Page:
4.)We keep 4-5 months of income in savings {that we do not touch except for emergencies}

By living off only one salary {the best we can}, we are able to save up lots of money for a rainy day. Once we have enough for the 4-5 months, then we can save for fun stuff like a new car, vacations, or other toys.

5.) We use a computer program to help us keep track of what money we have to spend and what money we do spend.

We have used the “You Need A Budget” program since we got married and I can’t sing it’s praises enough. It is VERY user friendly and not that expensive. The company provides great tech support and even when our computer crashed they gave us a new copy for free for our Mac. If you don’t have a program, you definitely should try this one. If you visit their site, they even have a free 7 day trial.

6.) We NEVER buy anything that we can’t pay cash for right now

If you buy something you don’t have the money for, that is the perfect recipe for debt. We. Don’t. Do. It. EVER!  We save up for what we need or may need some day and always end up paying less than if we had financed it.


There you have it!

I promise that I didn’t plan to be so long winded in this post.

I really just wanted to share the YNAB software because it has been such a blessing to us. And trust me when I say that the people at YNAB have no idea who I am apart from being one of their satisfied customers. Now it’s your turn, how do you all successfully manage your money? Do you have any good tips? Or good lessons you have learned?  I would love to hear ’em.


3 thoughts on “You Need A Budget

  1. Those are some great tips, that is so awesome that you all have no debt! I depend on Jose to manage the money because, unfortunately, I am terrible with numbers. I am pretty stingy though. I guess the only set rule I have is, well, not really a rule but a belief :P. I believe you never really (well, most of the time 😉 have to pay full price for anything. So all the clothes we have were purchased on sale. If I want something, I wait until I can find it cheaper somewhere else or it’s on sale.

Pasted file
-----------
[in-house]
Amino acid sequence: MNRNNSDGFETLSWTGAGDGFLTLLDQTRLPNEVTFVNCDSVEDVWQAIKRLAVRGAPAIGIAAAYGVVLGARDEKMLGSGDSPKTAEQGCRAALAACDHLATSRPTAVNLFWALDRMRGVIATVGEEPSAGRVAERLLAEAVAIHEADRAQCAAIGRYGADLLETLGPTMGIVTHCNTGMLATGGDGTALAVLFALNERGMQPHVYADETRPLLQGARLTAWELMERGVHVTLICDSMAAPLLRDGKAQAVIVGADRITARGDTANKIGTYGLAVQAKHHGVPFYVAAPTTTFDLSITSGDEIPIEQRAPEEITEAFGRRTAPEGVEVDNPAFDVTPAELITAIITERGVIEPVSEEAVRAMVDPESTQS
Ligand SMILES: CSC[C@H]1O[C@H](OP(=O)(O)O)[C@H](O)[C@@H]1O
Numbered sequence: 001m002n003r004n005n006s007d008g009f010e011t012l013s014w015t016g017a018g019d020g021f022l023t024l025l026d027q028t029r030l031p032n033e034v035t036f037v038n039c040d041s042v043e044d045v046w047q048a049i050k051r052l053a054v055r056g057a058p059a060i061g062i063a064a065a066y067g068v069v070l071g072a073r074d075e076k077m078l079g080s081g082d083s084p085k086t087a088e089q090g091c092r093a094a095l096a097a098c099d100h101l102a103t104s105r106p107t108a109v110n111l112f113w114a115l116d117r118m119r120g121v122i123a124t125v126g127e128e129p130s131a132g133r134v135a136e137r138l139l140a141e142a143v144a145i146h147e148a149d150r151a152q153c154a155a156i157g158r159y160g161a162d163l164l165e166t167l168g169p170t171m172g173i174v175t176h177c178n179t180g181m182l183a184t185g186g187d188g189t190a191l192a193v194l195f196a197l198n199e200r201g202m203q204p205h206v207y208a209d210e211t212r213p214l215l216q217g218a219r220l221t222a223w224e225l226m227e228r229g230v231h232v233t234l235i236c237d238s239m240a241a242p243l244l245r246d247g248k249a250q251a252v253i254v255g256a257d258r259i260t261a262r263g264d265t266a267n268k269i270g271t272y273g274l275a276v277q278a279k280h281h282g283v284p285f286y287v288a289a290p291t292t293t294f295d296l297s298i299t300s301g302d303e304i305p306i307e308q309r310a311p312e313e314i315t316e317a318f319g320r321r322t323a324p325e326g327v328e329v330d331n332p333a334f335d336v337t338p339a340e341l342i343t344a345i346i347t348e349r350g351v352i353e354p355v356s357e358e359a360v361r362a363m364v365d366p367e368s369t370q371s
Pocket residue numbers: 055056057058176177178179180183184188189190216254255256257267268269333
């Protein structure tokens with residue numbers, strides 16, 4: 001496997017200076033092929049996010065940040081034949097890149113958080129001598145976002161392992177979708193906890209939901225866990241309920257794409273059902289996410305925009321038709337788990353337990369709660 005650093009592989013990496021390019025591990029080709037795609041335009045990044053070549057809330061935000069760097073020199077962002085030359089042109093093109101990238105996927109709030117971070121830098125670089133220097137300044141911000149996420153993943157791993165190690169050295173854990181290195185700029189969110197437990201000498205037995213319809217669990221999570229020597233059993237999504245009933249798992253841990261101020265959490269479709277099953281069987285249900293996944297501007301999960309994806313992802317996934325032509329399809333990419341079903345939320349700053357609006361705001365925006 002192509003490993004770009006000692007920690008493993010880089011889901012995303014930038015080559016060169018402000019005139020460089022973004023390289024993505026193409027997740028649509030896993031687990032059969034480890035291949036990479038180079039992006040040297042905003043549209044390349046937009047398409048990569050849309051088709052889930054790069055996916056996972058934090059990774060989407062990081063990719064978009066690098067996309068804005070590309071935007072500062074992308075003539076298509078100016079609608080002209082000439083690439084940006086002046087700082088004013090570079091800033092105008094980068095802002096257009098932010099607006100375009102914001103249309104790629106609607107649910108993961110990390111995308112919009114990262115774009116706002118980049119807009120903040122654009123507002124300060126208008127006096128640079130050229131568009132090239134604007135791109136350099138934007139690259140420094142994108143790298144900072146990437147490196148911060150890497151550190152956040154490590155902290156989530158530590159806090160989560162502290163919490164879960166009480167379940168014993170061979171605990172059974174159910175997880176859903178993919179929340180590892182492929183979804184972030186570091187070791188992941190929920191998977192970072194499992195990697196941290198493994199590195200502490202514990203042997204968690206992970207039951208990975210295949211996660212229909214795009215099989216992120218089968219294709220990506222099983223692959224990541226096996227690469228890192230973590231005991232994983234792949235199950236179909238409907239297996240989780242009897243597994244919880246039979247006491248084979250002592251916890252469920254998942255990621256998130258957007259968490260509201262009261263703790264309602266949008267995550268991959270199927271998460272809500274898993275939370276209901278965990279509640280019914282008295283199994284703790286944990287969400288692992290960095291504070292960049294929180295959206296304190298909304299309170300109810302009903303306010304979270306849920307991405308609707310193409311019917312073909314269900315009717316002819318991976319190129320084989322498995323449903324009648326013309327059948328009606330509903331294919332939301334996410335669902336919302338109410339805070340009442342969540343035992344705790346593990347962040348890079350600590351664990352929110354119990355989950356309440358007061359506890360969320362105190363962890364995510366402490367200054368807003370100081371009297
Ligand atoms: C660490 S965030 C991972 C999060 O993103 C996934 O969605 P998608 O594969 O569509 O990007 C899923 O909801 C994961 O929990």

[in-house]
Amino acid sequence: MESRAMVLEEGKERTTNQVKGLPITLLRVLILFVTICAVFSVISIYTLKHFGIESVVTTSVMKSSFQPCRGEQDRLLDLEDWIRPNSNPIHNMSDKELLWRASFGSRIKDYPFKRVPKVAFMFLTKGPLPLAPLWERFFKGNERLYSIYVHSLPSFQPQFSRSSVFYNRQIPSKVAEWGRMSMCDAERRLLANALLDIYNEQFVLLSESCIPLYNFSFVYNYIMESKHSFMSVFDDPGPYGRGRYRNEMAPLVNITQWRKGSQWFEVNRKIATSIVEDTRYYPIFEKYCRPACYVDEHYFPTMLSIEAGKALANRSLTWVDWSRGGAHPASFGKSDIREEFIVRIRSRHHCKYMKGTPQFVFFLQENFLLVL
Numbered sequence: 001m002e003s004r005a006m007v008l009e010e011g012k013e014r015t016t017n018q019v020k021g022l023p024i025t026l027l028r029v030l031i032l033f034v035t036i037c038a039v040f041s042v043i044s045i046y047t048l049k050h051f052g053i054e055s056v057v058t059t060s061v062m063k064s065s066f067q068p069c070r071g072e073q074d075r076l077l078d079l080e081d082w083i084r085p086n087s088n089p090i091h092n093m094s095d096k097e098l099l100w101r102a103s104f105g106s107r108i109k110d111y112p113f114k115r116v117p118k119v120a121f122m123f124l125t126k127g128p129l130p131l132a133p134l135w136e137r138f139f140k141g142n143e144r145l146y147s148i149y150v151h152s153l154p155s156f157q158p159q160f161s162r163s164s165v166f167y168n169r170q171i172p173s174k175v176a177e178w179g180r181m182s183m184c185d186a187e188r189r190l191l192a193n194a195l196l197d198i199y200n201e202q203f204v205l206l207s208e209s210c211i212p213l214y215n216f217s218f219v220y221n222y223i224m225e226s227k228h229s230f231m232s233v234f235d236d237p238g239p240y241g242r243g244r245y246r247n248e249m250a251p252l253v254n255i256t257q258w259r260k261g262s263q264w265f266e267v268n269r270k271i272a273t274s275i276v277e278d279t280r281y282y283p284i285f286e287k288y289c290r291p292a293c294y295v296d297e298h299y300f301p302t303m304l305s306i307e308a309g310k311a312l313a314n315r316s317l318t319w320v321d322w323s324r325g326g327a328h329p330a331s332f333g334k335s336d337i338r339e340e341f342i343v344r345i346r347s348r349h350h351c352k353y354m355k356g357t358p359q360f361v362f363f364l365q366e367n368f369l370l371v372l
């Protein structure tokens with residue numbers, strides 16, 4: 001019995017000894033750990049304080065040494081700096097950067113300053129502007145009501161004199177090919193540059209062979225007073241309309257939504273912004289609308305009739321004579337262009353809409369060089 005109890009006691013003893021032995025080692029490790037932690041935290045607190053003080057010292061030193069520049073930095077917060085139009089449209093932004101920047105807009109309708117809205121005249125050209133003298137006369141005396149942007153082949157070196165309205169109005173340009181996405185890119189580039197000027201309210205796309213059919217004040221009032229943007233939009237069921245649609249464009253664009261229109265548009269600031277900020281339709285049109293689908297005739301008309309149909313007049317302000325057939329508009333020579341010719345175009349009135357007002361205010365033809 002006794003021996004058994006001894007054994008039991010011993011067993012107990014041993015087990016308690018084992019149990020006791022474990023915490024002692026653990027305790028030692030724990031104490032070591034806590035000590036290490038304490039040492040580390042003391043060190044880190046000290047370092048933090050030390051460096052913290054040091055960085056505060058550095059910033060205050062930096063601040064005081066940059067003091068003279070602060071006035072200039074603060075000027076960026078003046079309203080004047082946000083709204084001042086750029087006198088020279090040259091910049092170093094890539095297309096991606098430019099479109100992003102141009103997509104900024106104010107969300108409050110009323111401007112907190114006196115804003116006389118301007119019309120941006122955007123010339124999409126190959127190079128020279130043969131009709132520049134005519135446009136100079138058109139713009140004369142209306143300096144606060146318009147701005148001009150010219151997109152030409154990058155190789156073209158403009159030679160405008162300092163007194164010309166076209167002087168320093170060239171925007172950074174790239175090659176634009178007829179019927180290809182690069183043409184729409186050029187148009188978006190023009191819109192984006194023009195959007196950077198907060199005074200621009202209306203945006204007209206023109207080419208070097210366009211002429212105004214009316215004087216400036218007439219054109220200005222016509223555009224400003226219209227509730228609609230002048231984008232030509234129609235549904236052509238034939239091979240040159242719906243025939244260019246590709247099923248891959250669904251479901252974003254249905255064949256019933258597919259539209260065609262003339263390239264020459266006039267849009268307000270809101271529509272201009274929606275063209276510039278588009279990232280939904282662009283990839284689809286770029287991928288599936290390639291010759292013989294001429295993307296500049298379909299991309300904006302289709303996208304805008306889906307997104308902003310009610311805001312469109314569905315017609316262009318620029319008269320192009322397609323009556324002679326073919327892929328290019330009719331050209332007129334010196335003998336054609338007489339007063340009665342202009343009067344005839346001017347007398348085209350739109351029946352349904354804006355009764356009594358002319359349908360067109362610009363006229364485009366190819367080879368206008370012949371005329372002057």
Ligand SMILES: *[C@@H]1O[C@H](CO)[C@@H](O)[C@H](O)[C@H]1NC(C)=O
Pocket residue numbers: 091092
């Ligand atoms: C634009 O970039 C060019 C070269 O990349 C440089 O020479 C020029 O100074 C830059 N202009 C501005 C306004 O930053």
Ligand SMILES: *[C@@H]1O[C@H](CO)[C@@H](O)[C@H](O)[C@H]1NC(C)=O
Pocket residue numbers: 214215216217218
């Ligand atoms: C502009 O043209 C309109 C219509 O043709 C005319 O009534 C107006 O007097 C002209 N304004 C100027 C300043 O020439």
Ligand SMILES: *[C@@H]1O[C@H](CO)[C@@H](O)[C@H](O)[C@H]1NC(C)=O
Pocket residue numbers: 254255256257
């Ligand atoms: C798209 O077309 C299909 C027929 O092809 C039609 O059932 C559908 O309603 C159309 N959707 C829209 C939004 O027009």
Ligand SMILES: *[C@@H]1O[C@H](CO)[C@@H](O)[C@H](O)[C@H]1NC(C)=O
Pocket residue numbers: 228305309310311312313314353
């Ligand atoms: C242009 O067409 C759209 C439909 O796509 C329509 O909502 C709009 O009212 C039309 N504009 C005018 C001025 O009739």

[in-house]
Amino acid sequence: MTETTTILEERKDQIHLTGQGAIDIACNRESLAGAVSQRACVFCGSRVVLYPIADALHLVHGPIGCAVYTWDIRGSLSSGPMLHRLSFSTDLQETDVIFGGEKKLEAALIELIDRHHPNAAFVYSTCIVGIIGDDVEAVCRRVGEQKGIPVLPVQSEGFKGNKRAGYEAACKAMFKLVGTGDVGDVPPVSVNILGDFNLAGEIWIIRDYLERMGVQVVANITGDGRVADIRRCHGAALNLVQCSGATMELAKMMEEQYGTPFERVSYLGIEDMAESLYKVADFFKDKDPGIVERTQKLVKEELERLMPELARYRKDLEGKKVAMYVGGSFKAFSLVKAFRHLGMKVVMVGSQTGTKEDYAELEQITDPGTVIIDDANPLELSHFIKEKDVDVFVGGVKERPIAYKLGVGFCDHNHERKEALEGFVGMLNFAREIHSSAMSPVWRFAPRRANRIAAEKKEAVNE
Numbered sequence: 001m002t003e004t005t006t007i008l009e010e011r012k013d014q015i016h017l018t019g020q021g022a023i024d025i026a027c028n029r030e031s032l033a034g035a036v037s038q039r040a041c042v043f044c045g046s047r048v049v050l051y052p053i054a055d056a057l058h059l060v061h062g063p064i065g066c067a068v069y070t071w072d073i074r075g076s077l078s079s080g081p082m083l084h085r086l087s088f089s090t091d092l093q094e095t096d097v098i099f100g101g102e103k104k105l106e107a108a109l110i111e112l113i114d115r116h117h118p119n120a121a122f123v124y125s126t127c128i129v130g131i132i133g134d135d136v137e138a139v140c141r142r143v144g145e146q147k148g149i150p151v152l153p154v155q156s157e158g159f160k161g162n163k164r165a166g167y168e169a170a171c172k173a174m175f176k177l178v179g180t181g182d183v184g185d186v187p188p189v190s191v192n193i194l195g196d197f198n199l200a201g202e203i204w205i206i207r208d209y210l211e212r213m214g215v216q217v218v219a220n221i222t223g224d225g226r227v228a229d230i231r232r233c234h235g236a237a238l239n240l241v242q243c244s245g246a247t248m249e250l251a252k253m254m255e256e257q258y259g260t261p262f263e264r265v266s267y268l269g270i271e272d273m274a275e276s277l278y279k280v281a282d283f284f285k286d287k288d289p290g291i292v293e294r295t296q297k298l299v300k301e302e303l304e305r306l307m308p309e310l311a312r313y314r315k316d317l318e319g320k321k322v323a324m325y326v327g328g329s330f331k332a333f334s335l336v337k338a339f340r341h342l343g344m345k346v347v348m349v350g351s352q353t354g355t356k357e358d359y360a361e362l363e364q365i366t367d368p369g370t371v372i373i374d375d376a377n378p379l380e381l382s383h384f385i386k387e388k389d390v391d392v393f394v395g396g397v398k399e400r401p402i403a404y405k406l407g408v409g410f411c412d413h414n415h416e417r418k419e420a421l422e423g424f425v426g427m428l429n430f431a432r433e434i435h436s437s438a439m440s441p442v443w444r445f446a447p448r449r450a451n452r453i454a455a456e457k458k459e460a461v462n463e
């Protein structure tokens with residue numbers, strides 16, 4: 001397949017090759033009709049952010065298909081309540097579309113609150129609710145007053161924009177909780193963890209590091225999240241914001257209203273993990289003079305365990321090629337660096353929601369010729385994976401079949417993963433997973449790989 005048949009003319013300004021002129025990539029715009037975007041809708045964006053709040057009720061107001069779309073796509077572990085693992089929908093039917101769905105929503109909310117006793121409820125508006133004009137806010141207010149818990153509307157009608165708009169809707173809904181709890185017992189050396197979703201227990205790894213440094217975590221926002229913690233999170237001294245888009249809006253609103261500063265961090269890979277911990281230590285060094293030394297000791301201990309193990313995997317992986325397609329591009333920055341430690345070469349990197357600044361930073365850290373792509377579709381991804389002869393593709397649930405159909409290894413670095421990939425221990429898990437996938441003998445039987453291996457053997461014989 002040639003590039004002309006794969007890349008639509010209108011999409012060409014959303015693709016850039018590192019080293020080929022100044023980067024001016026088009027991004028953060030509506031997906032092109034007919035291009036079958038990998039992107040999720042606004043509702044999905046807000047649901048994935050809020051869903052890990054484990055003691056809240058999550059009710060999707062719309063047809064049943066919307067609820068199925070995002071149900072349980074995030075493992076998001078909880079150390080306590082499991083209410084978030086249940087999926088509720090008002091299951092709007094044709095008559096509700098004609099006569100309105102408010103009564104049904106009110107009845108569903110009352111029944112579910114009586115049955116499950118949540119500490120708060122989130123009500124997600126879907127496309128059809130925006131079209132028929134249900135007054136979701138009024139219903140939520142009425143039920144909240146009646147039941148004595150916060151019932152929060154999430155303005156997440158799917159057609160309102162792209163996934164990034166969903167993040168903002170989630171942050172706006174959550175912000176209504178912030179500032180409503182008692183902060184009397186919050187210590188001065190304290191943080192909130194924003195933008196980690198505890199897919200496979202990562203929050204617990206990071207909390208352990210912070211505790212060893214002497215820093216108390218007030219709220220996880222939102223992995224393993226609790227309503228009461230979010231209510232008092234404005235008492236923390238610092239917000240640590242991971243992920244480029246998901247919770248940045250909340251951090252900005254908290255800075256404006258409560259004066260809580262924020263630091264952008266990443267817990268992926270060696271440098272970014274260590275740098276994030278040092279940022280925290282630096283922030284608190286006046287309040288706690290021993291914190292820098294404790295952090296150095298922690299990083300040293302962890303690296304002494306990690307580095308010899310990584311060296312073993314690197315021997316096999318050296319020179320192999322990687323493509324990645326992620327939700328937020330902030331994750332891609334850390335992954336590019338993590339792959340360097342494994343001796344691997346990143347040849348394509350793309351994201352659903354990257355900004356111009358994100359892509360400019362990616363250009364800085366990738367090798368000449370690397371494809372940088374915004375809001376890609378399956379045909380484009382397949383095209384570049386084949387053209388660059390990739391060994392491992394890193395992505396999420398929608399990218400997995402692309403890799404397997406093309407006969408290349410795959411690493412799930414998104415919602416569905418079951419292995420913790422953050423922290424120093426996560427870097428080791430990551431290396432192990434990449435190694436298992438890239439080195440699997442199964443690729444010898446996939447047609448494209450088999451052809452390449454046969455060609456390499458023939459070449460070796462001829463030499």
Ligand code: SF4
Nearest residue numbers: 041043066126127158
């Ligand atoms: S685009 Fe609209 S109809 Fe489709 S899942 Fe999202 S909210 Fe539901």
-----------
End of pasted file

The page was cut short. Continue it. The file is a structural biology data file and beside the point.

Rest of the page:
Sadly, we have a TON of debt, but it is all school debt. Jose was able to have most of his undergrad paid for by scholarships and grants (thank God for those), but unfortunately I have a ton of school debt, and law school isn’t cheap either so now we have that to :/. I often get overwhelmed by it but then I remember how much of an investment education is. Thankfully we have never gone without, and we have learned that it’s always wise to live below your means (especially with the economic issues our country has faced.).

  2. Amen to all of that! I could pretty much mirror everything you said in this post! Apart from a small student loan, our house is our only debt and we aim to keep it that way. We never got used to living off of two incomes so when the time came for me to quit my job and stay at home, though it was tight, it wasn’t major shock for us. I’ve never heard of that software! We use an Excel program but it’s not super user friendly…I’m going to go check that out!!

  3. Hey Ali, did you know that we use YNAB too?! I can’t remember if we talked about it in the past or not. My mother in law recommended it years ago and we’ve been using it ever since. I just got caught up on our budget this morning. Great program!